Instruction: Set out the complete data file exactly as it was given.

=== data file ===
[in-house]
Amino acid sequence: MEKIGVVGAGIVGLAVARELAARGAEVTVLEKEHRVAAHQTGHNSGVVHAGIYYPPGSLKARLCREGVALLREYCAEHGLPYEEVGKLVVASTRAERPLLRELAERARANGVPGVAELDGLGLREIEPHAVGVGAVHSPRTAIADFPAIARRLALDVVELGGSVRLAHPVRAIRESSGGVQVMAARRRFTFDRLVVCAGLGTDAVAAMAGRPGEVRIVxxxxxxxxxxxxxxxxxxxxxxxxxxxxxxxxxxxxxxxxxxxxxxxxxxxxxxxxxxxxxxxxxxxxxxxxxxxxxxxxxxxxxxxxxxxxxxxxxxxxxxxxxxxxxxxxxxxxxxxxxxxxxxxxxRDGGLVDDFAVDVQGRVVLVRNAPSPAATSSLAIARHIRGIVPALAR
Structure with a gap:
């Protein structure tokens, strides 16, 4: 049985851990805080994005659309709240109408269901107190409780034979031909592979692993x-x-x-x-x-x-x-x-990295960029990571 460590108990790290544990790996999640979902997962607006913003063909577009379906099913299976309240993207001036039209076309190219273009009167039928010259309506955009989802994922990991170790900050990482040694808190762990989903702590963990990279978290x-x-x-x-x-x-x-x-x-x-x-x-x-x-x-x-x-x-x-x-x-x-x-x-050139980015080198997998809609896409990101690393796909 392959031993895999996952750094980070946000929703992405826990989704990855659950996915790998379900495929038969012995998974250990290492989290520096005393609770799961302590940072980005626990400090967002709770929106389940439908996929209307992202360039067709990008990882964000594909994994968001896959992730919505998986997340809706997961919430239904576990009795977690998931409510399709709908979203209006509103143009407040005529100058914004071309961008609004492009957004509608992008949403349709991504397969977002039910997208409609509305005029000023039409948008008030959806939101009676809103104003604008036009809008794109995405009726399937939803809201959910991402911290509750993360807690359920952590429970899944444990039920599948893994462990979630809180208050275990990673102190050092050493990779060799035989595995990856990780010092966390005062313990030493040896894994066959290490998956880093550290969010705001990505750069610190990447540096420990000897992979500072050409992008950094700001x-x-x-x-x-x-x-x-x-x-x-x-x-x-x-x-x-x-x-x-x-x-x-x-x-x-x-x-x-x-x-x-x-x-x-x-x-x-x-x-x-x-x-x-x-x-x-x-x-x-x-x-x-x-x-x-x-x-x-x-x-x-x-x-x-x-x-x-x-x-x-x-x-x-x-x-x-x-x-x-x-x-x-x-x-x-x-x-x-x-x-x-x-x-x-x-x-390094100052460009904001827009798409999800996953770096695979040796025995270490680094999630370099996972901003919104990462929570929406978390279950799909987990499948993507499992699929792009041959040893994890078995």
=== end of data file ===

[in-house]
Amino acid sequence: MEKIGVVGAGIVGLAVARELAARGAEVTVLEKEHRVAAHQTGHNSGVVHAGIYYPPGSLKARLCREGVALLREYCAEHGLPYEEVGKLVVASTRAERPLLRELAERARANGVPGVAELDGLGLREIEPHAVGVGAVHSPRTAIADFPAIARRLALDVVELGGSVRLAHPVRAIRESSGGVQVMAARRRFTFDRLVVCAGLGTDAVAAMAGRPGEVRIVxxxxxxxxxxxxxxxxxxxxxxxxxxxxxxxxxxxxxxxxxxxxxxxxxxxxxxxxxxxxxxxxxxxxxxxxxxxxxxxxxxxxxxxxxxxxxxxxxxxxxxxxxxxxxxxxxxxxxxxxxxxxxxxxxRDGGLVDDFAVDVQGRVVLVRNAPSPAATSSLAIARHIRGIVPALAR
Structure with a gap:
């Protein structure tokens, strides 16, 4: 049985851990805080994005659309709240109408269901107190409780034979031909592979692993x-x-x-x-x-x-x-x-990295960029990571 460590108990790290544990790996999640979902997962607006913003063909577009379906099913299976309240993207001036039209076309190219273009009167039928010259309506955009989802994922990991170790900050990482040694808190762990989903702590963990990279978290x-x-x-x-x-x-x-x-x-x-x-x-x-x-x-x-x-x-x-x-x-x-x-x-050139980015080198997998809609896409990101690393796909 392959031993895999996952750094980070946000929703992405826990989704990855659950996915790998379900495929038969012995998974250990290492989290520096005393609770799961302590940072980005626990400090967002709770929106389940439908996929209307992202360039067709990008990882964000594909994994968001896959992730919505998986997340809706997961919430239904576990009795977690998931409510399709709908979203209006509103143009407040005529100058914004071309961008609004492009957004509608992008949403349709991504397969977002039910997208409609509305005029000023039409948008008030959806939101009676809103104003604008036009809008794109995405009726399937939803809201959910991402911290509750993360807690359920952590429970899944444990039920599948893994462990979630809180208050275990990673102190050092050493990779060799035989595995990856990780010092966390005062313990030493040896894994066959290490998956880093550290969010705001990505750069610190990447540096420990000897992979500072050409992008950094700001x-x-x-x-x-x-x-x-x-x-x-x-x-x-x-x-x-x-x-x-x-x-x-x-x-x-x-x-x-x-x-x-x-x-x-x-x-x-x-x-x-x-x-x-x-x-x-x-x-x-x-x-x-x-x-x-x-x-x-x-x-x-x-x-x-x-x-x-x-x-x-x-x-x-x-x-x-x-x-x-x-x-x-x-x-x-x-x-x-x-x-x-x-x-x-x-x-390094100052460009904001827009798409999800996953770096695979040796025995270490680094999630370099996972901003919104990462929570929406978390279950799909987990499948993507499992699929792009041959040893994890078995």